Transfer the crushed boondhis to a plate and start making ladoos.
Traditional Arisi Puttu is a very special offering for Devi during Navarathri. It`s also an auspicious dish, which requires a lot of care and patience. Elders of the family say that to make “puttu” is almost like bringing up a daughter – it requires patience, care and nurturing!!! I learnt this dish from my husband`s mother this summer and I had been wanting to make it at our home for Navarathri. I have also had multiple requests from a couple of my readers, so go ahead and try this out folks. Its a little time consuming, but very tasty and wholesome.
1 Cup Raw Rice.
3/4 Cup – 1 Cup Jaggery.
1/4 Cup Grated Coconut .
1 Tsp Cardamom.
A pinch of turmeric powder.
1/2 Cup Water.
Handful of cashew broken.
1 Tsp Ghee.
Soak the raw rice for about an hour and rinse and drain all the water. Spread it on a large dry towel and allow it to dry for about an hour or so. If you are trying this in cold climates, the trick is for the towel to be dry and so should all the rice particles.
Gather the rice and powder it in the mixie until smooth. In India my Mother in law had ground it in the mill. I did not have that luxury and had to make do with the Prestige Mixer.
At this point, the flour should look like this:
Now transfer the ground rice flour to a dry kadai and roast it on a medium flame until the flour becomes a dull reddish brown color.
Let the flour cool.
Meanwhile boil about 3/4 cup of water with a pinch of turmeric. Allow to cool slightly.
Sprinkle the boiled water little by little on to the roasted flour and mix to moisten the flour, Do not make the flour wet, It should still be moist yet not clumpy.
To aerate the flour and remove lumps, we pass it through a fine seive and use your fingers or a ladle to push the flour through.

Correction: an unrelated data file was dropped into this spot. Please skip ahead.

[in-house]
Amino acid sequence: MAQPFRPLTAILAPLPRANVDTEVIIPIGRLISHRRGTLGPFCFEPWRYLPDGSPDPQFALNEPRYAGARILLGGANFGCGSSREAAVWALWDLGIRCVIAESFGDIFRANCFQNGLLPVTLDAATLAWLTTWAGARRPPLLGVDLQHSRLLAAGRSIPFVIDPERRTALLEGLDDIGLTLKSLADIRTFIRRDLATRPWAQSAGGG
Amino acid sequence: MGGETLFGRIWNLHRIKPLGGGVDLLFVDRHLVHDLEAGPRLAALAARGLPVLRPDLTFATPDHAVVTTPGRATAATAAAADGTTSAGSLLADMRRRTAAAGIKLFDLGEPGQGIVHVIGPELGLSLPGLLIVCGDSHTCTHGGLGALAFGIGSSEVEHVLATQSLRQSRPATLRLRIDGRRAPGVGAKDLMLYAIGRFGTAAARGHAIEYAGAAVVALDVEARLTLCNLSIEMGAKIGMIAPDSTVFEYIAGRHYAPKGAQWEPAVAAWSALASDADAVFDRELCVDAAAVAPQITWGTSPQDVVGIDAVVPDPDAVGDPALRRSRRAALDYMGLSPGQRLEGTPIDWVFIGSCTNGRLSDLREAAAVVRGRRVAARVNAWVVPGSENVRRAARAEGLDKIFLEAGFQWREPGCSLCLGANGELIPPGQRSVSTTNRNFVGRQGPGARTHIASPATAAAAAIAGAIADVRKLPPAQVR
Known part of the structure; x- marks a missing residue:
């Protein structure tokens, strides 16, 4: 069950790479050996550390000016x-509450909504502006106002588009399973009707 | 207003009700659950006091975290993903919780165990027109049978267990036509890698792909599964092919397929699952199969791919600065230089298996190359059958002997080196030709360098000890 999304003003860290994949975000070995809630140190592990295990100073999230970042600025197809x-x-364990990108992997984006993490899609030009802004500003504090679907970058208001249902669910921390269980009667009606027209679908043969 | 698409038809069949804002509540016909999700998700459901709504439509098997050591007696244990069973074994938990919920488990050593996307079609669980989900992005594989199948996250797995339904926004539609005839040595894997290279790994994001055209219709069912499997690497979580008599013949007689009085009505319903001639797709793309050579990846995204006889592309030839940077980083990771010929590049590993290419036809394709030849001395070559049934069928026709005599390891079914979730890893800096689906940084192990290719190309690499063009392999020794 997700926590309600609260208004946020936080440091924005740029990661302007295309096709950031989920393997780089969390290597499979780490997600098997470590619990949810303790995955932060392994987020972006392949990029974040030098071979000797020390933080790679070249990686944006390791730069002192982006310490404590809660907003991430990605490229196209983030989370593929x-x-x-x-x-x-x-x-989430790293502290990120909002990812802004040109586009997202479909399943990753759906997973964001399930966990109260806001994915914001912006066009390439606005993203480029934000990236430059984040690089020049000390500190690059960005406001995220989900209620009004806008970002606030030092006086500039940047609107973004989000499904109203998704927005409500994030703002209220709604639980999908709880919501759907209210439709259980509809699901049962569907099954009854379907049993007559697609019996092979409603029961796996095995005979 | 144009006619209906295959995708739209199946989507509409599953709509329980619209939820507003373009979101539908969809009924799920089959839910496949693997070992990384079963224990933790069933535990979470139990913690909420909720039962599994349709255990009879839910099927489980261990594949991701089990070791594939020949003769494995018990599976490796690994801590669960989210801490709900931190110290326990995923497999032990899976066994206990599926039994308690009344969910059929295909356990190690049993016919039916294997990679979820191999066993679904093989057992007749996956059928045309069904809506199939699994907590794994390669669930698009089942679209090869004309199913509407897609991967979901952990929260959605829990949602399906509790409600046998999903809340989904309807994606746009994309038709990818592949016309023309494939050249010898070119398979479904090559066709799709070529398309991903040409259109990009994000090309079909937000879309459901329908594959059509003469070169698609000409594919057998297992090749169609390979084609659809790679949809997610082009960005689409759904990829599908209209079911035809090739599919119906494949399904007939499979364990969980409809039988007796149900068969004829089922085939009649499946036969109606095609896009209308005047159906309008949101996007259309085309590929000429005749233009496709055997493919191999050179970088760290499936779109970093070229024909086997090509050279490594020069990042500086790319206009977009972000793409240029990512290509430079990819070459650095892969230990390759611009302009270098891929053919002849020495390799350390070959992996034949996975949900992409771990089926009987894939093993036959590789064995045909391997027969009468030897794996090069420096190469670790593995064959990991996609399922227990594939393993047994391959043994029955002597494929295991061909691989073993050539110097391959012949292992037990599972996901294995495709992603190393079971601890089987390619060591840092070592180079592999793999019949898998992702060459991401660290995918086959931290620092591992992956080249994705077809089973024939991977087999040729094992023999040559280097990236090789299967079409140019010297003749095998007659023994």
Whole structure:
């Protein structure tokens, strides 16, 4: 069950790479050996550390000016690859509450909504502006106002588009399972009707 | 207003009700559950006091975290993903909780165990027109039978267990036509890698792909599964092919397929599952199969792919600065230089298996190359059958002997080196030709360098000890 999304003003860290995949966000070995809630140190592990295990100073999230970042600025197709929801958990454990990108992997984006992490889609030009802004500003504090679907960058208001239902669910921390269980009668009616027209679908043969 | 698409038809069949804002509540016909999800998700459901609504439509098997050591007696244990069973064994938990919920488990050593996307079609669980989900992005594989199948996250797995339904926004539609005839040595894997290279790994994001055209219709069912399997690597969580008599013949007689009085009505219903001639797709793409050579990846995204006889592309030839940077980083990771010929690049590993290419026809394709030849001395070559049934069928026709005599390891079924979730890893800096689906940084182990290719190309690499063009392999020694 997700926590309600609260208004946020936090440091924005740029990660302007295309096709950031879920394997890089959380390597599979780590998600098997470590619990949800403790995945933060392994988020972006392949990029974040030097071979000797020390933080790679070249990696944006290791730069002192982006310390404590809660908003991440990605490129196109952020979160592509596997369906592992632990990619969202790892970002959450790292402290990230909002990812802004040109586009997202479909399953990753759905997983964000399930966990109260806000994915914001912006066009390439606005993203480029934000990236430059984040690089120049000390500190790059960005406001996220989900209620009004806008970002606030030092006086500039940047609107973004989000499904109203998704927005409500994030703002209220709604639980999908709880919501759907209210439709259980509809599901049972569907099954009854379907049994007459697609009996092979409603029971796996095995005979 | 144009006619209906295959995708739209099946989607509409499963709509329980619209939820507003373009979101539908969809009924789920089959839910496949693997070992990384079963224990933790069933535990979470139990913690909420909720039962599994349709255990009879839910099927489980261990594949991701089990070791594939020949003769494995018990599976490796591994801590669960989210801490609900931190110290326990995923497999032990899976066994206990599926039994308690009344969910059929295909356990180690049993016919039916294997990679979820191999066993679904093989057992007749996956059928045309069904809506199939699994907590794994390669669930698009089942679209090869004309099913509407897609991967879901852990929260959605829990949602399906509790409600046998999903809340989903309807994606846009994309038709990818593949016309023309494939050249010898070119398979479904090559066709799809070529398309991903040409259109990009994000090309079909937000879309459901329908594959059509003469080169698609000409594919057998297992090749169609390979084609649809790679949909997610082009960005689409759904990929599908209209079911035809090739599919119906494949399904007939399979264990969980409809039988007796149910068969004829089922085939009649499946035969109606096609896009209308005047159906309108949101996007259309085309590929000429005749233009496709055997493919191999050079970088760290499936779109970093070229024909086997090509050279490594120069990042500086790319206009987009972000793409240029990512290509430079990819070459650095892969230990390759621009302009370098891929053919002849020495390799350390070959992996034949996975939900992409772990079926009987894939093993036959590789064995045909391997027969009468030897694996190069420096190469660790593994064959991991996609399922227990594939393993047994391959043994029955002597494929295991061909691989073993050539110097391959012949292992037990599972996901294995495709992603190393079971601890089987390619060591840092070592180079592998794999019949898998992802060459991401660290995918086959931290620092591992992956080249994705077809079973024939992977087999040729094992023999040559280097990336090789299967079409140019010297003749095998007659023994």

Collect in a newspaper.
Now steam the moist flour in idli plates for about 7 mins of high steam. No need of greasing the plates.
When done scoop out the flour, crumble and allow to cool in a plate.
Dissolve 3/4 cup of jaggery in about 3 tbsp of water and keep stirring for about 7-10 minutes, This is an approximate time, as my stove is an electric glass top. A regular LPG stove could take a lot less time.
The jaggery has to get to a “ball” consistency – i.e add a drop of the boiling jaggery in to a bowl of water, and try to make a ball of that jaggery. If you are able to do this, switch off the flame , add cardamom , mix and pour out the jaggery on to the roasted and steamed flour.
Add the roasted cashews and slowly mix in the jaggery in to the rice flour.
You will see sandy smooth sweet light airy Arisi Puttu. Garnish with the grated coconut which is either fresh, or lightly roasted.
This is a very traditional preparation and is also very delicate, so it takes some patience to get it right. The idea to get grainy sandy “puttu” which is light and not heavy and clumpy.
There are certain important aspects that contribute to the texture – slow roasting of the flour, moistening the flour just right, and of course the jaggery!
I have NOT tried this with the store bought rice flour, but that is an experiment for another day.